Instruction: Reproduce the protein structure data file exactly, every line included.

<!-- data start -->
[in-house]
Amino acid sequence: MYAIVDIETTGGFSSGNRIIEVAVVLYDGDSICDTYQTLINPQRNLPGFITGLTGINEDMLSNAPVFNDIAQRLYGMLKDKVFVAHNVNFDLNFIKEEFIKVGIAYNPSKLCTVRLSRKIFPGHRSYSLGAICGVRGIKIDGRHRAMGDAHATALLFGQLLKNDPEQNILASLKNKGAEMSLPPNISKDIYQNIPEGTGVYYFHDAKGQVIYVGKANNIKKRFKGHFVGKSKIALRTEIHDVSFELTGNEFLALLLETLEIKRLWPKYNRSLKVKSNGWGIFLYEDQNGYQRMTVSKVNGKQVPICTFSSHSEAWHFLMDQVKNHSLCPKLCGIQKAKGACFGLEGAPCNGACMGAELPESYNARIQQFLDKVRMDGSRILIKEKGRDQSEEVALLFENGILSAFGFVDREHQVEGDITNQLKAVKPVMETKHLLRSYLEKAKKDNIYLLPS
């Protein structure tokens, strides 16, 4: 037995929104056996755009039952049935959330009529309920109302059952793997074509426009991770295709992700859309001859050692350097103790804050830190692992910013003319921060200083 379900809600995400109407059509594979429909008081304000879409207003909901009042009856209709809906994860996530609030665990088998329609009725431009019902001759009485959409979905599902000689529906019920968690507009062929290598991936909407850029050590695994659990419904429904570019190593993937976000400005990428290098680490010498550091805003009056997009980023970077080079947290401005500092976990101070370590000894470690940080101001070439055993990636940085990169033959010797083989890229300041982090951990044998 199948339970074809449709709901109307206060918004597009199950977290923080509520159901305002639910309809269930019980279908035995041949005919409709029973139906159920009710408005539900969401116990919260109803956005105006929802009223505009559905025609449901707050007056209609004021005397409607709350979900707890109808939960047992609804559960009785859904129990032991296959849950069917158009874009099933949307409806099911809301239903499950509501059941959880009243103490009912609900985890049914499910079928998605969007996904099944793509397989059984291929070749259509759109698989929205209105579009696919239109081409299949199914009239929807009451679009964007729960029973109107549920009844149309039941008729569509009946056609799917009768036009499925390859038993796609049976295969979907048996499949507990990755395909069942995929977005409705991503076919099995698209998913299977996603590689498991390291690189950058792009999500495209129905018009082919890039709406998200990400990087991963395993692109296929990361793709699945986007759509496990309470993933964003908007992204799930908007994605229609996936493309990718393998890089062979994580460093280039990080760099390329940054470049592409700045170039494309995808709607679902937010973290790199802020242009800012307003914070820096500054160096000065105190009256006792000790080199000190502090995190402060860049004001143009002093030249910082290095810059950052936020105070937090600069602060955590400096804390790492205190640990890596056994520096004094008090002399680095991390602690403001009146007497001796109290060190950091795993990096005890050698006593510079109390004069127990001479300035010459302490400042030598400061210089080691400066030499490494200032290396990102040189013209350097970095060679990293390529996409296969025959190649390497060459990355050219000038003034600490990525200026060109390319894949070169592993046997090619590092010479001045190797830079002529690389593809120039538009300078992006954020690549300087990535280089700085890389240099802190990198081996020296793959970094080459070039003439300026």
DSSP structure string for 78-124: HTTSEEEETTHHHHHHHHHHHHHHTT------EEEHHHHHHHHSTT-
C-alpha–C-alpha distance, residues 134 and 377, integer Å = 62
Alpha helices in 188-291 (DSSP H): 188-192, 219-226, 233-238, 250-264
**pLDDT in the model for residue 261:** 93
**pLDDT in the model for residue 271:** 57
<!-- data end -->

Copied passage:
[in-house]
Amino acid sequence: MYAIVDIETTGGFSSGNRIIEVAVVLYDGDSICDTYQTLINPQRNLPGFITGLTGINEDMLSNAPVFNDIAQRLYGMLKDKVFVAHNVNFDLNFIKEEFIKVGIAYNPSKLCTVRLSRKIFPGHRSYSLGAICGVRGIKIDGRHRAMGDAHATALLFGQLLKNDPEQNILASLKNKGAEMSLPPNISKDIYQNIPEGTGVYYFHDAKGQVIYVGKANNIKKRFKGHFVGKSKIALRTEIHDVSFELTGNEFLALLLETLEIKRLWPKYNRSLKVKSNGWGIFLYEDQNGYQRMTVSKVNGKQVPICTFSSHSEAWHFLMDQVKNHSLCPKLCGIQKAKGACFGLEGAPCNGACMGAELPESYNARIQQFLDKVRMDGSRILIKEKGRDQSEEVALLFENGILSAFGFVDREHQVEGDITNQLKAVKPVMETKHLLRSYLEKAKKDNIYLLPS
């Protein structure tokens, strides 16, 4: 037995929104056996755009039952049935959330009529309920109302059952793997074509426009991770295709992700859309001859050692350097103790804050830190692992910013003319921060200083 379900809600995400109407059509594979429909008081304000879409207003909901009042009856209709809906994860996530609030665990088998329609009725431009019902001759009485959409979905599902000689529906019920968690507009062929290598991936909407850029050590695994659990419904429904570019190593993937976000400005990428290098680490010498550091805003009056997009980023970077080079947290401005500092976990101070370590000894470690940080101001070439055993990636940085990169033959010797083989890229300041982090951990044998 199948339970074809449709709901109307206060918004597009199950977290923080509520159901305002639910309809269930019980279908035995041949005919409709029973139906159920009710408005539900969401116990919260109803956005105006929802009223505009559905025609449901707050007056209609004021005397409607709350979900707890109808939960047992609804559960009785859904129990032991296959849950069917158009874009099933949307409806099911809301239903499950509501059941959880009243103490009912609900985890049914499910079928998605969007996904099944793509397989059984291929070749259509759109698989929205209105579009696919239109081409299949199914009239929807009451679009964007729960029973109107549920009844149309039941008729569509009946056609799917009768036009499925390859038993796609049976295969979907048996499949507990990755395909069942995929977005409705991503076919099995698209998913299977996603590689498991390291690189950058792009999500495209129905018009082919890039709406998200990400990087991963395993692109296929990361793709699945986007759509496990309470993933964003908007992204799930908007994605229609996936493309990718393998890089062979994580460093280039990080760099390329940054470049592409700045170039494309995808709607679902937010973290790199802020242009800012307003914070820096500054160096000065105190009256006792000790080199000190502090995190402060860049004001143009002093030249910082290095810059950052936020105070937090600069602060955590400096804390790492205190640990890596056994520096004094008090002399680095991390602690403001009146007497001796109290060190950091795993990096005890050698006593510079109390004069127990001479300035010459302490400042030598400061210089080691400066030499490494200032290396990102040189013209350097970095060679990293390529996409296969025959190649390497060459990355050219000038003034600490990525200026060109390319894949070169592993046997090619590092010479001045190797830079002529690389593809120039538009300078992006954020690549300087990535280089700085890389240099802190990198081996020296793959970094080459070039003439300026």
DSSP structure string for 78-124: HTTSEEEETTHHHHHHHHHHHHHHTT------EEEHHHHHHHHSTT-
C-alpha–C-alpha distance, residues 134 and 377, integer Å = 62
Alpha helices in 188-291 (DSSP H): 188-192, 219-226, 233-238, 250-264
**pLDDT in the model for residue 261:** 93
**pLDDT in the model for residue 271:** 57